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Anzac biscuits

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Last Anzac Day I decided to finally try out the traditional dish of the day. And luckily I discovered it is the ultimate cheap-o student dessert.

Wives of the soldiers used to send the biscuits over since they don’t spoil easily and they transport well.

So if you make enough biscuits you can keep them for ages. Breakfast, lunch, snacks, dinner, dessert…you can eat them whenever. There aren’t any eggs in them either so you can just keep them in some tupperware and they’ll keep for a while.

I used a Donna Hay recipe which turned out really sweet and chewy. The recipe makes almost sixty small biscuits, enough for Anzac day dessert for you and our friends, plus more to take along for the next few days.

Anzac Biscuits:
Makes 28

Ingredients:
1 cup (90g) rolled oats
1 cup (150g) plain flour
1/3 cups (150g) caster sugar
3/4 cup (60g) desiccated coconut
2 tablespoons golden syrup
125g butter
1 teaspoon bicarbonate of (baking) soda
2 tablespoons hot water

Preheat oven to 160°C (320ºF). Mix the oats, flour, sugar and coconut in a bowl. Place the golden syrup and butter in a saucepan over low heat and melt. Mix the bicarbonate of soda with the water and add to the butter mixture. Add to the dry ingredients and mix well. Place tablespoons of the mixture, leaving space between each one for spreading, onto baking trays lined with non-stick baking paper and flatten to about 7cm in diameter. Bake for 8-10 minutes or until a deep brown. Cool on trays for 5 minutes, then transfer to wire racks to cool completely.

Enjoy!

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Brownie pudding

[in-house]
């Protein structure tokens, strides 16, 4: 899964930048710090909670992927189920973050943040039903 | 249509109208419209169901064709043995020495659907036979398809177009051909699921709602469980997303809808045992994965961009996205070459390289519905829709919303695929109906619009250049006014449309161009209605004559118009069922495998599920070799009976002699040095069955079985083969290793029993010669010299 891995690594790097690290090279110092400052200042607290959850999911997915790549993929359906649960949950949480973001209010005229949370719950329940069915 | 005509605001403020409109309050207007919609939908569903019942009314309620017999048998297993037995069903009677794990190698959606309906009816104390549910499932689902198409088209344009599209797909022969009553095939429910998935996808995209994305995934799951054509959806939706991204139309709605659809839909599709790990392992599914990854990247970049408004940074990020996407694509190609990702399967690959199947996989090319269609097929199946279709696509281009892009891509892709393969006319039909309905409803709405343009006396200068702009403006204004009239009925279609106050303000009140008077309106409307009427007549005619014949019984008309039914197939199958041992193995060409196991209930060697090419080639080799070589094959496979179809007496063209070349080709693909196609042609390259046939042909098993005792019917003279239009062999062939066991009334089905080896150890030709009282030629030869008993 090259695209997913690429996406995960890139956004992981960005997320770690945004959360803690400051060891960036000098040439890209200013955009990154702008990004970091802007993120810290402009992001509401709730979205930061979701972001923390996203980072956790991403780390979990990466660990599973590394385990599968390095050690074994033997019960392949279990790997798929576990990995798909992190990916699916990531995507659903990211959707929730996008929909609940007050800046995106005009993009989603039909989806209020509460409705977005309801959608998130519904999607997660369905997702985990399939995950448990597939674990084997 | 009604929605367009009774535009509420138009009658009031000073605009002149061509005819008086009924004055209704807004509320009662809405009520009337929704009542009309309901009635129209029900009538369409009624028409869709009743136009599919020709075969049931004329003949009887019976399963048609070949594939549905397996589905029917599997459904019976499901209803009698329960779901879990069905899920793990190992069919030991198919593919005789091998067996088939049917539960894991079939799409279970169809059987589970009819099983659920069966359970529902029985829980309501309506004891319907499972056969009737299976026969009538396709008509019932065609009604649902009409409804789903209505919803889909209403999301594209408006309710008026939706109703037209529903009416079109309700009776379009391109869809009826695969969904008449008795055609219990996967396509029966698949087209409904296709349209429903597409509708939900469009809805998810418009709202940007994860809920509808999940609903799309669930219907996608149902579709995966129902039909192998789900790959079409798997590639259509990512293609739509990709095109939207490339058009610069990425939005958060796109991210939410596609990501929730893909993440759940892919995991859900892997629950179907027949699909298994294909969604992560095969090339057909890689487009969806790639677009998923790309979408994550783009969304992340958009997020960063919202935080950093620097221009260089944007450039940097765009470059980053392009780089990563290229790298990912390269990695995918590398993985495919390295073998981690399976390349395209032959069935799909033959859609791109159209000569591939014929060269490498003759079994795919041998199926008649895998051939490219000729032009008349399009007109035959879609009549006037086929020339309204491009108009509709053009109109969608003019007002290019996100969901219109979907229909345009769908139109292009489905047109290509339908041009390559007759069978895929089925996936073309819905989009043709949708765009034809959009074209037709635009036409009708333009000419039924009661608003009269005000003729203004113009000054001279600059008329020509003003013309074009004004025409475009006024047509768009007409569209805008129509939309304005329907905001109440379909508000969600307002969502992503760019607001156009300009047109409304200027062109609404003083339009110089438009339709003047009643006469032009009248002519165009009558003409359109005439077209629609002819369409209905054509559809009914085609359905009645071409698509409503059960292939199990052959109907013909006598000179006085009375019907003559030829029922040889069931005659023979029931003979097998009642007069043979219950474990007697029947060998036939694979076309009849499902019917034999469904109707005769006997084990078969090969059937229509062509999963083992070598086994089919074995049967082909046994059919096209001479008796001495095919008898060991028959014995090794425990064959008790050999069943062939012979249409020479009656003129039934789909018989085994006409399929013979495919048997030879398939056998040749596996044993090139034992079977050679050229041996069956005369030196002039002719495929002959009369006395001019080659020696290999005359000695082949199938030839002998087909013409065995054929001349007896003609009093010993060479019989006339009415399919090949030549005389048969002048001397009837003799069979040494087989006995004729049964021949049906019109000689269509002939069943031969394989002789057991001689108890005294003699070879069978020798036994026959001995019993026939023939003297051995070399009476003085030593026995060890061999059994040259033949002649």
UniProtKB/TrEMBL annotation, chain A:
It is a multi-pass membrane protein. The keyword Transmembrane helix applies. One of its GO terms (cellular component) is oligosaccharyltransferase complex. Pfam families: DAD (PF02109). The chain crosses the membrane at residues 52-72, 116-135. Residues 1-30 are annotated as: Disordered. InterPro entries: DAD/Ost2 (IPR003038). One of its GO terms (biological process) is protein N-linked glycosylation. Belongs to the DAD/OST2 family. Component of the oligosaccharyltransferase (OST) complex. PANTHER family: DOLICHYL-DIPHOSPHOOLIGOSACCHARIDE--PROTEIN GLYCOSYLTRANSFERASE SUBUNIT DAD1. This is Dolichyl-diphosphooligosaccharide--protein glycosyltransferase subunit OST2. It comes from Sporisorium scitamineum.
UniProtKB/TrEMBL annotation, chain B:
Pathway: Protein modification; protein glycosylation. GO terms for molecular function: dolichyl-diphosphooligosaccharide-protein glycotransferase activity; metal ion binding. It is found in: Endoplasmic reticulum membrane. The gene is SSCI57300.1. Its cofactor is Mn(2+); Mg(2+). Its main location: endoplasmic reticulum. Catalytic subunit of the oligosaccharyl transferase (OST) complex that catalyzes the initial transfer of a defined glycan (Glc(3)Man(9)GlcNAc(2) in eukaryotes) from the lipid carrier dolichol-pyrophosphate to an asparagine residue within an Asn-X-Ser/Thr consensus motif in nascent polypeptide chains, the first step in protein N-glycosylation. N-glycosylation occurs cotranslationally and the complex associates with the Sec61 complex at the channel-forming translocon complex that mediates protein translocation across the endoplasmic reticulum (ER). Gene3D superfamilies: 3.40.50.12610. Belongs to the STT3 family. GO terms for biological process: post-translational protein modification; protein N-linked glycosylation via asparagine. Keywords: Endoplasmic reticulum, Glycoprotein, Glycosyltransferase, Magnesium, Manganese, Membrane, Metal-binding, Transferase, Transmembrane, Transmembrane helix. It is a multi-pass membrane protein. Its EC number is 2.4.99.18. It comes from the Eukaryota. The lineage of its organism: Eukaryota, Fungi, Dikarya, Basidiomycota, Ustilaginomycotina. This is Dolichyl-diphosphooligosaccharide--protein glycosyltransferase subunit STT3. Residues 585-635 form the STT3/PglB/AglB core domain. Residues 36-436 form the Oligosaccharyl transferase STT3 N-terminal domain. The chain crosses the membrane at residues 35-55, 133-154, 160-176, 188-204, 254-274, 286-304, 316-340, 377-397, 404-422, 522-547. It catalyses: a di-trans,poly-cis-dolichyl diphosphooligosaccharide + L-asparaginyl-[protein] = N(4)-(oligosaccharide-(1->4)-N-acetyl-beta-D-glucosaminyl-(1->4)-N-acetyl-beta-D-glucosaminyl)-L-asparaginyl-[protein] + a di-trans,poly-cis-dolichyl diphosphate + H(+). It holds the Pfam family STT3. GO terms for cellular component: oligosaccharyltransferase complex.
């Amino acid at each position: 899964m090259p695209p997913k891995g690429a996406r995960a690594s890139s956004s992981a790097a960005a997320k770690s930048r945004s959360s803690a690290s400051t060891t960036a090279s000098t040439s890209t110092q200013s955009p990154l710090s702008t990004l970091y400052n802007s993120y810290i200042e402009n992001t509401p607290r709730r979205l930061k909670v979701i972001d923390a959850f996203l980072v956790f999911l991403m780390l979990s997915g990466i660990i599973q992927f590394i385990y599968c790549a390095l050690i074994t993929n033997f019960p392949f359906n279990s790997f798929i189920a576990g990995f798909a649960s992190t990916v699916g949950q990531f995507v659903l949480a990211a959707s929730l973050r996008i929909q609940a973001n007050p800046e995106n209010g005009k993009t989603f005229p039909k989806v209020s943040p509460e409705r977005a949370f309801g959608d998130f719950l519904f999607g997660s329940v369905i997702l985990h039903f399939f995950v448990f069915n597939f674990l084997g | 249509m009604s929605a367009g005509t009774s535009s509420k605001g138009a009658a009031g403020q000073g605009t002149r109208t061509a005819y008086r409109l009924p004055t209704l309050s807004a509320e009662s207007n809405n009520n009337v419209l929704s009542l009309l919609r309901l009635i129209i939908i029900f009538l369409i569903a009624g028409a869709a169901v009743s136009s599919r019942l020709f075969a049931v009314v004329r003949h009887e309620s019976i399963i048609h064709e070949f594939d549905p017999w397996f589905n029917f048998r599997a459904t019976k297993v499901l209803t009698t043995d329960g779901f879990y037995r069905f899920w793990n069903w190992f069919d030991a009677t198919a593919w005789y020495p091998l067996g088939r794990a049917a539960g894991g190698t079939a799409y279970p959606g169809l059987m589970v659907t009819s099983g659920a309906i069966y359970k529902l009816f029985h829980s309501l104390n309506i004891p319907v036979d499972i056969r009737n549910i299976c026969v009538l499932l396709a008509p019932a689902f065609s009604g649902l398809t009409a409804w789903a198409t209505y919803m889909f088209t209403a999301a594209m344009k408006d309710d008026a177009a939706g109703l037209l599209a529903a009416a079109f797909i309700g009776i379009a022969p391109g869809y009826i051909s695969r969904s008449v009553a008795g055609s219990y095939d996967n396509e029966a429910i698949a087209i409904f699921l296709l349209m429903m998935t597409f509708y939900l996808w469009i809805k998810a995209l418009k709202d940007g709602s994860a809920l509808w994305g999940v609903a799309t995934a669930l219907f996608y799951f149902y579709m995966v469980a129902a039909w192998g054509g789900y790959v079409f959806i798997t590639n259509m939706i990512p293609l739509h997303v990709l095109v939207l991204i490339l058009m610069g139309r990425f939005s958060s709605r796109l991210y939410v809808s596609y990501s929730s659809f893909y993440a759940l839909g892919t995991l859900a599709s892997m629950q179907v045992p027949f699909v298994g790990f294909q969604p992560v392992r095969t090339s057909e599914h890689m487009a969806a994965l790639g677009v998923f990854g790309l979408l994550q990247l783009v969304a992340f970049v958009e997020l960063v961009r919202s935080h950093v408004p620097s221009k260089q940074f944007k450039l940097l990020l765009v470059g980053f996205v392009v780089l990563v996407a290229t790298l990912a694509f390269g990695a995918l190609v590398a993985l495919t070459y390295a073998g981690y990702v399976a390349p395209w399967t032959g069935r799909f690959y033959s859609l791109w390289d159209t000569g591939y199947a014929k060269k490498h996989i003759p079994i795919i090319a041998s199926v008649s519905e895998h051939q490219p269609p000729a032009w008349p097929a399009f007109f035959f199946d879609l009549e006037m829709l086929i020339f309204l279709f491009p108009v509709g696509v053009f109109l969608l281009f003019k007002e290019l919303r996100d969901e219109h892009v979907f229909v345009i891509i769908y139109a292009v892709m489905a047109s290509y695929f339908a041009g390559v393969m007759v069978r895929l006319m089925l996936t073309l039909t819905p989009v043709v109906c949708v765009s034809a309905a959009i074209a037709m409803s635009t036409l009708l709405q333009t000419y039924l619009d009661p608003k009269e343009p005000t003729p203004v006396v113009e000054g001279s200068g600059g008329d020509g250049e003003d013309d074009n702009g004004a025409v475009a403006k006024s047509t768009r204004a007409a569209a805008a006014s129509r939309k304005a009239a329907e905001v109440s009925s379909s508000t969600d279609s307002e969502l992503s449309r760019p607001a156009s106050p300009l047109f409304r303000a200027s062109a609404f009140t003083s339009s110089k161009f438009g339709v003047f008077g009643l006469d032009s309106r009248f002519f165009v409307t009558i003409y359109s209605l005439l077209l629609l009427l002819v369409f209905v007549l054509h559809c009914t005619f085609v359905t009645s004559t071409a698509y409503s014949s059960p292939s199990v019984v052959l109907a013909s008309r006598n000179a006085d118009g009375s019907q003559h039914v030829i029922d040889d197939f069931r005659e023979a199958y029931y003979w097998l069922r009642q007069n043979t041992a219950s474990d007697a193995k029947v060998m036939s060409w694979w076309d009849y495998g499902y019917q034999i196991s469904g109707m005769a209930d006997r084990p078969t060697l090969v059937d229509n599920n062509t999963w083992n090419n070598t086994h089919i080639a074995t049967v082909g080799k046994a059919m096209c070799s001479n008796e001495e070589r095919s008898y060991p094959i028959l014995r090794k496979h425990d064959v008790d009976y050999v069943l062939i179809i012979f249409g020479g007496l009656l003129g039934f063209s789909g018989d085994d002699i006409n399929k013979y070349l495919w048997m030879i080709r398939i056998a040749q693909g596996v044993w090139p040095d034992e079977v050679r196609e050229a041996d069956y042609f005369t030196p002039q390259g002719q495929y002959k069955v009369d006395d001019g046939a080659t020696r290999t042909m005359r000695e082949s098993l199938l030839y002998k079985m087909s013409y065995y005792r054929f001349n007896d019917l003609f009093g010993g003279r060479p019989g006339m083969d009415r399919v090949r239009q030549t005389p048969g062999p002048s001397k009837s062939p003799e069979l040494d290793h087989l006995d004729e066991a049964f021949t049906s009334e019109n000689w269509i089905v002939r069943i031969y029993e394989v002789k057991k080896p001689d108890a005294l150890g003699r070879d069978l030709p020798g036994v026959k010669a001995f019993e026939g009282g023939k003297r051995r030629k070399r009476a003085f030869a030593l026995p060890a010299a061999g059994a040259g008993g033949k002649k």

This dessert is just the thing for a fun family dinner or a romantic date night. It’s easy to make in a big brownie pan to share or you can go for a more fancy route and use a couple ramekins. Either way it’s an incredibly easy dish. Plus it’s got crazy trans-formative qualities- from the outside it looks like a perfectly normal dish of brownies- but as soon as you dig in, BAM! You realize the inside is all melty and gooey and warm and delicious. It’s a great  beginner recipe and the ingredients are quite cheap- except for the vanilla bean. Those things are pricey but here it really makes a difference so I’d suggest splurging. Plus, I would try and use good quality cocoa powder if you can.

For date night.

For date night.

Brownie pudding
Serves 6

225g unsalted butter, plus little extra for buttering the dish
4 extra large eggs, at room temperature
2 cups sugar
3/4 cup good cocoa powder
1/2 cup all purpose flour
Seeds scraped from 1 vanilla bean

Vanilla ice cream to serve with

Preheat the oven to 160 degrees. Lightly butter a 2 quart (9 x 12) by 2 inch oval baking dish. Melt the butter and set aside to cool.

In the bowl of an electric mixer fitted with the paddle attachment, beat the eggs and sugar on medium high speed for 5 to 10 minutes, until very thick and light yellow. Meanwhile, sift the cocoa powder and flour together and set aside.

When the egg and sugar mixture is ready, lower the speed to low and add the vanilla seeds, and cocoa powder and flour mixture. Mix only until combined. With the mixer still on low, slowly pour in the cooled butter and mix again just until combined.

Pour the brownie mixture into the prepared dish and place it in a larger baking pan. Add enough of the hottest tap water to the pan to come halfway up the side of the dish and bake for exactly 1 hour. A cake tester inserted 2 inches from the side will come out three quarters clean. The center will appear very under-baked, this dessert is between a brownie and a pudding.

Allow to cool a little and serve with vanilla ice cream.

And for a low key family dinner dessert.